Monday, November 18, 2013

The Spinning Heart

Irish authors are making their presence felt!   Following rapidly on the success of Eimear McBride in the Goldsmiths Award, Donal Ryan has now been nominated, as one of six authors, with The Spinning Heart in the Guardian 2013 First Book award.   The winner will be announced at Tate Modern on 28 November. 

Already a winner of Book of the Year at the Irish Book Awards 2012 and long listed for the Man Booker Prize, Donal Ryan has written an intriguing and very original spin on the effects of the recession in Ireland.   But it is also much more than just the effects of the recession.   The book is set in a village in Ireland where a local developer, Pokey Burke, has crashed and disappeared leaving unpaid bills and wages, a situation devastating for the locals.   But like any village, its not just all about work - there are local antagonisms, resentments, fears and, above all, tremendous stress in relationships leading eventually to both a murder and a kidnap.   Ryan himself said that 'there's a marriage at the centre of The Spinning Heart, and a relationship between a father and son, and they're what I was most concerned with'.   And that is the triumph of the book - we have lived and are living the recession, we've bought several of the t-shirts and might think we have read enough about it.   But this is different.  There are 21 characters involved and Ryan has given each one of them a chapter and I have to say that the quickest you can read this book - its only 150 pages - the better as it makes more impact when one can remember clearly the different sentiments expressed by each character.   This format that Ryan has chosen gives a new insight into the lives and thoughts of a disparate group of villagers and their relationships with each other, their jealousies and desires.   That between Bobby Mahon, one of the leading characters, and his father is told with huge skill and not a little surprise and will certainly give you pause for thought.

Ryan writes with a delicacy and perfection that is a pleasure to read.   He captures a world reminiscent of McGahern though with none of that grim misery.   As with many short novels, the language is spare and precise and yet he gives us a complex and involved narrative superior to many books twice its length.   Definitely worth a read.

Published in paperback by Doubleday Ireland, £10.99

Thursday, November 14, 2013

A Girl is a Half-Formed Thing

I haven't been this excited for a long time!   Eimear McBride has won the Goldsmiths Prize for original fiction with her extraordinary and ground-breaking novel, A Girl is a Half-Formed Thing.   Look back at my blog of 7 October.   As I said then,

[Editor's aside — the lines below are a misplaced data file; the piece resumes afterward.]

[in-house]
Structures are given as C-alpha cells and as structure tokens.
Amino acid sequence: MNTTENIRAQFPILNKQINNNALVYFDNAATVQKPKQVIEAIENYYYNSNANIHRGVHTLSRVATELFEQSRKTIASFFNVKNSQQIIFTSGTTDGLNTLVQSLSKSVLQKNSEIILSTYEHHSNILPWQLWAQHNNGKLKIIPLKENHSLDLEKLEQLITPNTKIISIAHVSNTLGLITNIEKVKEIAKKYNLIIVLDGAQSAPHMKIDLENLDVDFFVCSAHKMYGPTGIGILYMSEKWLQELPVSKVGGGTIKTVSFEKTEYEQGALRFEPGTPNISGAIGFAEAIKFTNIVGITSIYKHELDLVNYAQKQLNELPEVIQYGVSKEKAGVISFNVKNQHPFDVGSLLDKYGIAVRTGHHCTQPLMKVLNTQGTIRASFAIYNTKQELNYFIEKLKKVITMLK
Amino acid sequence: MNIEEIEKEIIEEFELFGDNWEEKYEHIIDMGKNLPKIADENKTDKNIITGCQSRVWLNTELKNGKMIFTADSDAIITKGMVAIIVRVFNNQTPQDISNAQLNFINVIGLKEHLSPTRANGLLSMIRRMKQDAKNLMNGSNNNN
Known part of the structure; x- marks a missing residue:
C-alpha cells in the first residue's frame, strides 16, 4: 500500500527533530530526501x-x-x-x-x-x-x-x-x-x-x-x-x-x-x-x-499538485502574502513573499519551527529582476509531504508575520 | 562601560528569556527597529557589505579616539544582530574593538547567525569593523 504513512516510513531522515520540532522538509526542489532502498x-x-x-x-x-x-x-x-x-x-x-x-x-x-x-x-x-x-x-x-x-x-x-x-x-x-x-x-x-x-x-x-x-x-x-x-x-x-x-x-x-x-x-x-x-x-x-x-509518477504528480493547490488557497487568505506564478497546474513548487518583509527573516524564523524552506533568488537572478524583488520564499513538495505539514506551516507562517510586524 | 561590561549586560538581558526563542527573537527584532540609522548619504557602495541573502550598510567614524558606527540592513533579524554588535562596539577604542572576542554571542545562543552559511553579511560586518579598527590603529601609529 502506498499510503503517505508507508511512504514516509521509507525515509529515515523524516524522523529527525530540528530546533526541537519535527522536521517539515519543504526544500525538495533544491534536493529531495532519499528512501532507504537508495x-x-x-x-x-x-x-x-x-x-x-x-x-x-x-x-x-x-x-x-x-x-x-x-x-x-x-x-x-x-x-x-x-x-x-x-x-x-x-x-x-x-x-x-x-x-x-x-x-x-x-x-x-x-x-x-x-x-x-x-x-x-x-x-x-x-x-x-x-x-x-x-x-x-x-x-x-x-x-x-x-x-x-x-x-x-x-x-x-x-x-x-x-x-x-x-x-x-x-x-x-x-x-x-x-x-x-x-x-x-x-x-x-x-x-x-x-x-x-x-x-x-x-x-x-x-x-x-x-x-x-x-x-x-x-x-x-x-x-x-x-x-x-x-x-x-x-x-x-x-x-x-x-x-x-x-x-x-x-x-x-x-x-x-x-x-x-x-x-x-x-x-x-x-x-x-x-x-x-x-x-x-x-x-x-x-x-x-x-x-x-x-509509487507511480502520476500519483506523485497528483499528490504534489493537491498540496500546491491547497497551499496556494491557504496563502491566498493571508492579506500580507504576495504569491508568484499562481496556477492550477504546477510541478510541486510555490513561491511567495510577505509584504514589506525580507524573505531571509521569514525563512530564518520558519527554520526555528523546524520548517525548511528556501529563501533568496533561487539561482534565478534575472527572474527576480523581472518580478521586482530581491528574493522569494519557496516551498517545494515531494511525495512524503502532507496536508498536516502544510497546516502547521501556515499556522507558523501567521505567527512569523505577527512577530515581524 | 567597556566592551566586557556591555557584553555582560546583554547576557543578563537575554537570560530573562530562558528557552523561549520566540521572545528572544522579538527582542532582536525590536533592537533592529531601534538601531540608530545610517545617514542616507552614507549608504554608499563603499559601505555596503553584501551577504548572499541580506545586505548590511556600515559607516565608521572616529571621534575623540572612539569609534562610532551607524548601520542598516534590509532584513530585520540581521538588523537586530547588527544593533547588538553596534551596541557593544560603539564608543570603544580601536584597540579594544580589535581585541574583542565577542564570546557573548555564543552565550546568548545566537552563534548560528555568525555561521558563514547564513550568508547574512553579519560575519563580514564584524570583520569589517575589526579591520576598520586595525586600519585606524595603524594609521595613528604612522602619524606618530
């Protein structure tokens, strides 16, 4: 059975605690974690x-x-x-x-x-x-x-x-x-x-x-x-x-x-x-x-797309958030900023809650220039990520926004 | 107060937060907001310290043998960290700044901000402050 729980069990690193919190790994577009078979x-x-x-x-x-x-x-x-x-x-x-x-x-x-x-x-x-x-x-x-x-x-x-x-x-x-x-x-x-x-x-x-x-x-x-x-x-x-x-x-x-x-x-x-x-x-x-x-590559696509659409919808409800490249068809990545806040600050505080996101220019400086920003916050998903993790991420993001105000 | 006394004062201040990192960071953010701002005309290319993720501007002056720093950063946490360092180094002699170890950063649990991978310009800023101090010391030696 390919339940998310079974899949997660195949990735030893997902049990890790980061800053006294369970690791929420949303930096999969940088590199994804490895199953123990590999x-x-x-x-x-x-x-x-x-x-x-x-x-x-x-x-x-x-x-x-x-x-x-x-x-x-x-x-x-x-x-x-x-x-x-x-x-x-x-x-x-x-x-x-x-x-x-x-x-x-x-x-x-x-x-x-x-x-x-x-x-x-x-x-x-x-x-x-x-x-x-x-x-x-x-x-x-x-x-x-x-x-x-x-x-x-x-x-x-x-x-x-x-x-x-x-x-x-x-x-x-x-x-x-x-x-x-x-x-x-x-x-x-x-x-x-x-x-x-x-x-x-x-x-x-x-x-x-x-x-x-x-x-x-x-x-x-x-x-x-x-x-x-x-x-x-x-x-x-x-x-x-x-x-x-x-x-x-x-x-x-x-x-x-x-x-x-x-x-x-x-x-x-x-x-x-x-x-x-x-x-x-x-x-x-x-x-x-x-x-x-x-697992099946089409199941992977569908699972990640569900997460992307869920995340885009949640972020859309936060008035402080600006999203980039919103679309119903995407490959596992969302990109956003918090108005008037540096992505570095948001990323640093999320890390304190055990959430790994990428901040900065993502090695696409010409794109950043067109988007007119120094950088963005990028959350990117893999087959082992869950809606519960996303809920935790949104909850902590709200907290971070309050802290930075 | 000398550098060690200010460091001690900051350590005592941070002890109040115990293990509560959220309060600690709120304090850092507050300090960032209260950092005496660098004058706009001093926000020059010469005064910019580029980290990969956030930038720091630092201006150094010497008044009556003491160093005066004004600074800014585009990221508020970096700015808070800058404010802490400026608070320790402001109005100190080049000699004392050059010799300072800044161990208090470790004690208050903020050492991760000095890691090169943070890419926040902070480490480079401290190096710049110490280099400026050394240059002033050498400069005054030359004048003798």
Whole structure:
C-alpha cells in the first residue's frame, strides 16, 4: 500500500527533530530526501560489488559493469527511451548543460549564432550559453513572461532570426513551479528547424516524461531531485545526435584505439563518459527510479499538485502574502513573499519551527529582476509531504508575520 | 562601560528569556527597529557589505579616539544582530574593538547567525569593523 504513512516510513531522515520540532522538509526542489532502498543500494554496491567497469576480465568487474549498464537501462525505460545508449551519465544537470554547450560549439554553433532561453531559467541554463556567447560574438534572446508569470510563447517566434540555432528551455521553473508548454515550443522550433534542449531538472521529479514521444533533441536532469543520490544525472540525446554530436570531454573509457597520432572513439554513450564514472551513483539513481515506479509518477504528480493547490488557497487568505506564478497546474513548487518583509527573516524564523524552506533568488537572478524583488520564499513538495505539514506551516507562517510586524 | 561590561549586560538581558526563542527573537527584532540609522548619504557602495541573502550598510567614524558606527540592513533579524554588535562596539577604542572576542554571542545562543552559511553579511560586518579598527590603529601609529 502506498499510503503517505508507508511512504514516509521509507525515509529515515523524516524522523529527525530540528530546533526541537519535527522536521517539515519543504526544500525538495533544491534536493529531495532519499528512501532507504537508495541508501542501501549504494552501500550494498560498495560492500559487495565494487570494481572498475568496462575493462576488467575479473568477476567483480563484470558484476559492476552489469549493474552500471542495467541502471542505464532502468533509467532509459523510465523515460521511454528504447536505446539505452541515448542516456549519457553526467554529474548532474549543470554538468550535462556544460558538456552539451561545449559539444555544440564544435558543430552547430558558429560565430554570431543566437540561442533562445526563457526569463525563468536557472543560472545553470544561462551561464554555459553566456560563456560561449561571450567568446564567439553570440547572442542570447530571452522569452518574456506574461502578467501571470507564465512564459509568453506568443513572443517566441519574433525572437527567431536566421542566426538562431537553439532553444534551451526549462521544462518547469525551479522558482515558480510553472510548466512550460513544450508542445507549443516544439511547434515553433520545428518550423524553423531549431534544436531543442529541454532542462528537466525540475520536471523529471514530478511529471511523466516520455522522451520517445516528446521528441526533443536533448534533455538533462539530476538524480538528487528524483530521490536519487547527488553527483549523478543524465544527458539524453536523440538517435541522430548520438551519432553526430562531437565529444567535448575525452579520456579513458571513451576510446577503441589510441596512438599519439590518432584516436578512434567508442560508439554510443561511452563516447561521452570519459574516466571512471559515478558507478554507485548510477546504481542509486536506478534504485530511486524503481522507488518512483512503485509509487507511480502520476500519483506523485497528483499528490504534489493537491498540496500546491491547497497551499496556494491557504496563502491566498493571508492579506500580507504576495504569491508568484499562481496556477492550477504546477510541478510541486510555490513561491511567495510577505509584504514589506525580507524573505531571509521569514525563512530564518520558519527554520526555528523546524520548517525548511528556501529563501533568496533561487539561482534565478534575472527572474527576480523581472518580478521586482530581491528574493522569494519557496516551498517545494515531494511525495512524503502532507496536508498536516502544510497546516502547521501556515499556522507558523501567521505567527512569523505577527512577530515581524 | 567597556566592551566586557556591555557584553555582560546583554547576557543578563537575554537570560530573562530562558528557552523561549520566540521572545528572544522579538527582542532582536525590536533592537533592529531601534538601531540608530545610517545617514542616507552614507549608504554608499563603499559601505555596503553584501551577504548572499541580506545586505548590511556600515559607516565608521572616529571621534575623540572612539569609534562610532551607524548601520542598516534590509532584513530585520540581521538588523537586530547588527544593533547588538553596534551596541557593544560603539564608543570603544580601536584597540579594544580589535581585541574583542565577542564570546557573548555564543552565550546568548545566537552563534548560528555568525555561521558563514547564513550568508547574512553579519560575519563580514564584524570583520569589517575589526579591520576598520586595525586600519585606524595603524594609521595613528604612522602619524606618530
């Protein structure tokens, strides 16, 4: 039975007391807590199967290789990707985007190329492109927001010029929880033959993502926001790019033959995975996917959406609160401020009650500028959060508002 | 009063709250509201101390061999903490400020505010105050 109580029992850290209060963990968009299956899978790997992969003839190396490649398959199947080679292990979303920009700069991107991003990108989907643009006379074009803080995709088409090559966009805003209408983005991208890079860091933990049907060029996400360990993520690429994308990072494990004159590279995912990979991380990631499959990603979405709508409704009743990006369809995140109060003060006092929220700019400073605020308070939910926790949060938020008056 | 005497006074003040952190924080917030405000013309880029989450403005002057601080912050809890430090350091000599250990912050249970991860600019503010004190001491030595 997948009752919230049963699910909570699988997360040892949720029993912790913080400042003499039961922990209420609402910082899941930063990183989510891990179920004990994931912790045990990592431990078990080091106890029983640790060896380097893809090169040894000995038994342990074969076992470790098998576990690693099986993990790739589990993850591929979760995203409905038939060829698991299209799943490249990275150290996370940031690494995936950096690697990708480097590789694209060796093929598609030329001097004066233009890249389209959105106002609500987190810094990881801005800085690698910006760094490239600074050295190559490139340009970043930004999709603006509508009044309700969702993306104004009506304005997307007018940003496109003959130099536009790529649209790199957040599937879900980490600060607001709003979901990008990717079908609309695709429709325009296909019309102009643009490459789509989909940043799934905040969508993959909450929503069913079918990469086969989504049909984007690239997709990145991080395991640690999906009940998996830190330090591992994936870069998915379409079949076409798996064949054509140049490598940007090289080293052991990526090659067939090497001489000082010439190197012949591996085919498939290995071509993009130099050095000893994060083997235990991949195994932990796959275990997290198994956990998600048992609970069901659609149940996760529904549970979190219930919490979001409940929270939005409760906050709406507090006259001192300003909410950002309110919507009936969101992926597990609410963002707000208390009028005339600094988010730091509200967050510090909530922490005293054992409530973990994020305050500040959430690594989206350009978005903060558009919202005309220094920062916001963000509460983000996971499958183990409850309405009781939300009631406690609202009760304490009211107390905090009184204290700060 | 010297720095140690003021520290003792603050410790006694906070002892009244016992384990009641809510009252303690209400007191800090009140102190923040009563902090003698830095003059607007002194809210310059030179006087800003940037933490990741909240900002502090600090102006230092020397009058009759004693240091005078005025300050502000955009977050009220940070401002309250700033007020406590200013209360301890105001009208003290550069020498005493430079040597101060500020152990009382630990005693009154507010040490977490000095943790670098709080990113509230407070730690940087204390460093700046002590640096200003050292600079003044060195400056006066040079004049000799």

'A shortlist of six books is going forward, the winner to be announced on 13 November.   And what is really exciting is that one of the six is A Girl is a Half-formed Thing by Eimear McBride, an Irish born author now living in England and a true inheritor of Joyce.   Anne Enright has already called her a genius, an opinion with which I concur.   In form and language, it is unique written as it is in half-formed sentences but with each word chosen to implode in the text with astonishing power that drives the narrative.   Though we are living in the mind of a young woman, this is not a stream of consciousness but a frightening look at the travails of childhood, schooldays and beyond to the age of 20.   She grows up in a household where the father has left, her elder brother has survived a childhood brain tumour which has left him damaged and her mother becomes a charismatic christian.   While religion or, rather the outward forms of a public piosity play a part in the book, it does not dominate.   She deals with the cruelty and mindless viciousness that can happen in school.   She discovers sex and pain and the power sex gives.   McBride deals particularly elegantly with the love the narrator has for her disabled brother coupled with the frustration and hate of his handicap.  All her characters are nameless.

This is a truly exciting and extraordinary piece of literature in both form, language and content.   The jacket of the novel carries a quotation from the text which gives a taste of her writing:  'I think your face the very best.   When we were we were we were young.   When you were little and I was girl.   Once upon a time'.
I don't think I shall read a better book any time soon.